The results are tabulated in Table I. In the Tables oil repellency ratings according to AATCC Test Method 1 18-1966T and stain release ratings according to AATCC Test Method 130-1969 are given for several staining materials. Laundering was done at 120 F 50 C) using 46 g. of Tide detergent. The following abbreviations are employed throughout: Fabric: Blue-=8, Brown=Br, Yellow=Y.

Cleaning: lnitial=lnit., one laundering=1L, 10 launderingF10 L, 20 launderings=20 L. Oil repellency rating by AATCC l 18-1966T=oil Stain release ratings: Nujol==N, Dirty motor oil=DM,

Castor oil=C.

Table 1 Sample lnit. 10L 20L 1L 10L 20L Fabric oil oil oil N DM c N DM c N DM C 0 0 0 3 2 2.5 3.5 2 3 r 5.5 0 0 3.5 2 3 3 2 2.5 3 2 2.5 a 5.0 0 0 4 2 2.5 3 2 2.5 3 2 2 5 r c 6.0 4.0 1.0 5 3.5 5 5 3.5 5 s 3.5 5 3 water dispersible diol and a functional fluorinated soil EXAMPLE 2 fluoroaliphatic group containing stain-release copolymer.

Two 100 percent polyester double knit fabrics, designated as brown and blue respectively were treated, stained, washed, and evaluated by AATCC Test Method 130-1969. The treating procedure is as follows:

Swatches of 100 percent polyester double knit cloth 20 X 20 cm (8" X 8") are thoroughly wet by a treating solution prepared by diluting the materials to be tested 1 with distilled water. The ingredients were added so as to result in a concentration of each in the bath of 100 percent of the desired per cent by weight of the fabric. The fabrics were thoroughly wetted in the treating solu- This example illustrates the use of various aminoplast resins. Treating baths were prepared as in Example 1, Sample C, except that amounts and kind of aminoplast were varied as indicated below. Blue and brown percent polyester double'knit fabrics were employed.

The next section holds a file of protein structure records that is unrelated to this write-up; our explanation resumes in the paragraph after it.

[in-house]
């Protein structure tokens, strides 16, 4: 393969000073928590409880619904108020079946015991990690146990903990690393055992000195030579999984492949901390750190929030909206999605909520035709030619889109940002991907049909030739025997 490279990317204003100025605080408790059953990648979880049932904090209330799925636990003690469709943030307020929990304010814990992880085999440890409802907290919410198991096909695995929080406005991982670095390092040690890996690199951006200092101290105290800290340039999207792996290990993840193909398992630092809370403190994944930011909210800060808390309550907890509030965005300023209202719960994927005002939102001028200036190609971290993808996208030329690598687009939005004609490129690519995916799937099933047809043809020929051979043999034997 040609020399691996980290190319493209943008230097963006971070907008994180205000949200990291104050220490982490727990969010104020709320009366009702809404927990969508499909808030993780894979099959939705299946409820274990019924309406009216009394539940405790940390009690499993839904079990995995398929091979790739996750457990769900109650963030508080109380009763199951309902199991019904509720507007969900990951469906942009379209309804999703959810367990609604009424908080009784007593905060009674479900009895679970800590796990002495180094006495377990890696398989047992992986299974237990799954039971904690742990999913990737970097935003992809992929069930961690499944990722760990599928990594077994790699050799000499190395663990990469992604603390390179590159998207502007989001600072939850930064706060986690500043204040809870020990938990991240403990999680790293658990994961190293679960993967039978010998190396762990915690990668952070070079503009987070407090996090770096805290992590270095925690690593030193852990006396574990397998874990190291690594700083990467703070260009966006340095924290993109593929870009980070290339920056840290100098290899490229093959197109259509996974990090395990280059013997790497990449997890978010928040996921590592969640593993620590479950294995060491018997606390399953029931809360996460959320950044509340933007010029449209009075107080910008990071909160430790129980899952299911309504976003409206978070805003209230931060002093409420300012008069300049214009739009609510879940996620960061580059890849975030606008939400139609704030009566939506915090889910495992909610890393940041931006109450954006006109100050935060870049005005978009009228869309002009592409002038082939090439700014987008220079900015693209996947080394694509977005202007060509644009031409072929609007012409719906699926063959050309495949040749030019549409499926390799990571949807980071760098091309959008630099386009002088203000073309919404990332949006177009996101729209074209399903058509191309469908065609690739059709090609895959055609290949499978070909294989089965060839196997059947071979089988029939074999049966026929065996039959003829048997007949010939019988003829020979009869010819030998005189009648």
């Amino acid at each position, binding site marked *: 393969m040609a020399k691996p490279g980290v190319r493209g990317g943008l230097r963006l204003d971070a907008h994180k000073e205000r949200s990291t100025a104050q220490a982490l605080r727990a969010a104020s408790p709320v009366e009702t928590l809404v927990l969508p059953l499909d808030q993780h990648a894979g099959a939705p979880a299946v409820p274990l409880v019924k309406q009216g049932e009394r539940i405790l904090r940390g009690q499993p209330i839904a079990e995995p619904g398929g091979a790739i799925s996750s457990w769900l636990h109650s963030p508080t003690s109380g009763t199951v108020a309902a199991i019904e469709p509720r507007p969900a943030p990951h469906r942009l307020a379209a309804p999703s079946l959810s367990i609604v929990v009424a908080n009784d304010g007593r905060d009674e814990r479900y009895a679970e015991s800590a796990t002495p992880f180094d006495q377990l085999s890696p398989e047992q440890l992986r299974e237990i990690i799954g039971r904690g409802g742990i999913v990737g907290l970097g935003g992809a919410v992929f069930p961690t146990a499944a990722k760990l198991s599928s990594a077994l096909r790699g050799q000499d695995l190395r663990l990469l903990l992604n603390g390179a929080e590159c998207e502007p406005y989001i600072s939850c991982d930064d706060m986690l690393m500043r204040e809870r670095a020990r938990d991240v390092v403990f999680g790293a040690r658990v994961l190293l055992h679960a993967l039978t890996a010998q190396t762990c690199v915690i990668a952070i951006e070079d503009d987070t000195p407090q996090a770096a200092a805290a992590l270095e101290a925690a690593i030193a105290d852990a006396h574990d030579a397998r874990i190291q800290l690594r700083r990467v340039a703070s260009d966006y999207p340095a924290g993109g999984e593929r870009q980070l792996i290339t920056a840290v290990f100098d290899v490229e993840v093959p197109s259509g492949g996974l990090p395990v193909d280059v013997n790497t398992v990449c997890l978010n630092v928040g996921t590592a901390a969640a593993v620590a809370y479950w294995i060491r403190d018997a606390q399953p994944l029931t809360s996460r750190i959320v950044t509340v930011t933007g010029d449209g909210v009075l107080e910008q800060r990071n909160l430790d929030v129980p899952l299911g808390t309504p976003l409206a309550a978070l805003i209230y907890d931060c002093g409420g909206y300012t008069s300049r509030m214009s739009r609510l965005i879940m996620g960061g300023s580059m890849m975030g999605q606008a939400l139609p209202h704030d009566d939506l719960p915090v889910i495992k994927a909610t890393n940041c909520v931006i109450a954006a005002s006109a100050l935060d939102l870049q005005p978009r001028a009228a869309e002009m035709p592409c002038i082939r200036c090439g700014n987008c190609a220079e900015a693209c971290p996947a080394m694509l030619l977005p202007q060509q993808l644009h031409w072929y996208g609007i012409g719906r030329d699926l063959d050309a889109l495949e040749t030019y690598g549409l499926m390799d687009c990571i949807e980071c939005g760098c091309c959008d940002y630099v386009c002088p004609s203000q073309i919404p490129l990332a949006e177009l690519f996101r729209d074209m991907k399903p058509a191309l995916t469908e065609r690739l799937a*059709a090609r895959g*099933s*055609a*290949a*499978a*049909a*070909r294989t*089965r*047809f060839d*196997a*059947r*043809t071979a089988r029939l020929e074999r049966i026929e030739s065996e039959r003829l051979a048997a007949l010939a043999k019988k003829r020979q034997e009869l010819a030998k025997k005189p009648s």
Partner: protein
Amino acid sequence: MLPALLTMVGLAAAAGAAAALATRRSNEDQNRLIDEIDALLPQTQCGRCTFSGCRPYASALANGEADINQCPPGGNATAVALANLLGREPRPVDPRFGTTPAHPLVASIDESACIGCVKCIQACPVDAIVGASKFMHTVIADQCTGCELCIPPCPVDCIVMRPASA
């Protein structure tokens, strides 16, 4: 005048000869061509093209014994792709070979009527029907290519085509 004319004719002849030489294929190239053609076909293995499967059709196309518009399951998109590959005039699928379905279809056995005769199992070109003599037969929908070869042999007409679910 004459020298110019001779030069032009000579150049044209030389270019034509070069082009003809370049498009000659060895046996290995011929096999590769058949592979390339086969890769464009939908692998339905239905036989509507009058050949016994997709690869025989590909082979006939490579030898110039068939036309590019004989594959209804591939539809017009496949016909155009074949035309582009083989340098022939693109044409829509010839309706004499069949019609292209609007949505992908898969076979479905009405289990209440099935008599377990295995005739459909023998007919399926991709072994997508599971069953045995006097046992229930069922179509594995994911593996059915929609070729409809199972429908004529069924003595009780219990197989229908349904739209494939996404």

Fabric Fabric C 20 L N DM 20L DM Sample M: 0.4 percent polymer of Sample C, 2.0 percent polyethylene oxide MW 600, 0.32 percent Aerotex Resin MW and 0.03 percent zinc nitrate.

L DM (2 Sample N: 0.4 percent polymer of Sample C, 0.5 percent polyethylene oxide MW 600, 0.08 percent Aerotex Resin MW and 0.012 percent zinc nitrate.

The results of tests are tabulated in Table 4.

TABLE 4 Table 2 1L DM L Oil 10L Oil 10L 20L oil oil EXAMPLE 3 Example 3 is designed to illustrate a range of polyalkylene oxide segment-containing moieties. Treating so- Sample lnit.

lutions were prepared using 0.45 percent of the fluoroaliphatic coreactant of Sample C with 0.18 per- 20 BYM cent Aerotex Resin MW, 0.026 percent zinc nitrate and EXAMPLE 5 the polyalkylene oxide moieties indicated were used on This exam ple illustrates the preferability of formaldeb.lue and yellow 100 percent polyester double kmt hyde reactive groups in the fluorinated stain-release copolymer. Soil release treatments were prepared con- 35 taining varying amounts of free hydroxyl groups on the fluoroaliphatic copolymer.

Sample H: 1.1 percent polyethylene glycol MW 1000 Sample 0 was essentially the same treatment as Sam- One mole of polyethylene gylcol (MW 3000) was reacted with 1.4 moles of methacrylyl chloride by the procedure of Example 1 and then copolymerized with of 50 wt. percent of N- methylperfluorooctane sulfonamidoethyl acrylate, as in t. in .W 6 w e V II m a u a m C e l n D- a M 0n G T 4 w n Mei; m mm a m 0 .Wwe H p e C 7 m hf? O yOC .hlmd O C eun H Wwd N Ode u AM tX "m "no 0 8 C flaw H I. 7 PPV. VO W 1.0. N ..o7l 1 0: H L K/|\ ma w mm m rl 38 a SS S Fabric C Example 1. This copolymer contained about one OH 45 group per 40,000 of molecular weight, and is designated polymer B. lt'was employed as Sample P in place of the fluorinated polymer used for Sample 0 in treating blue and yellow polyester.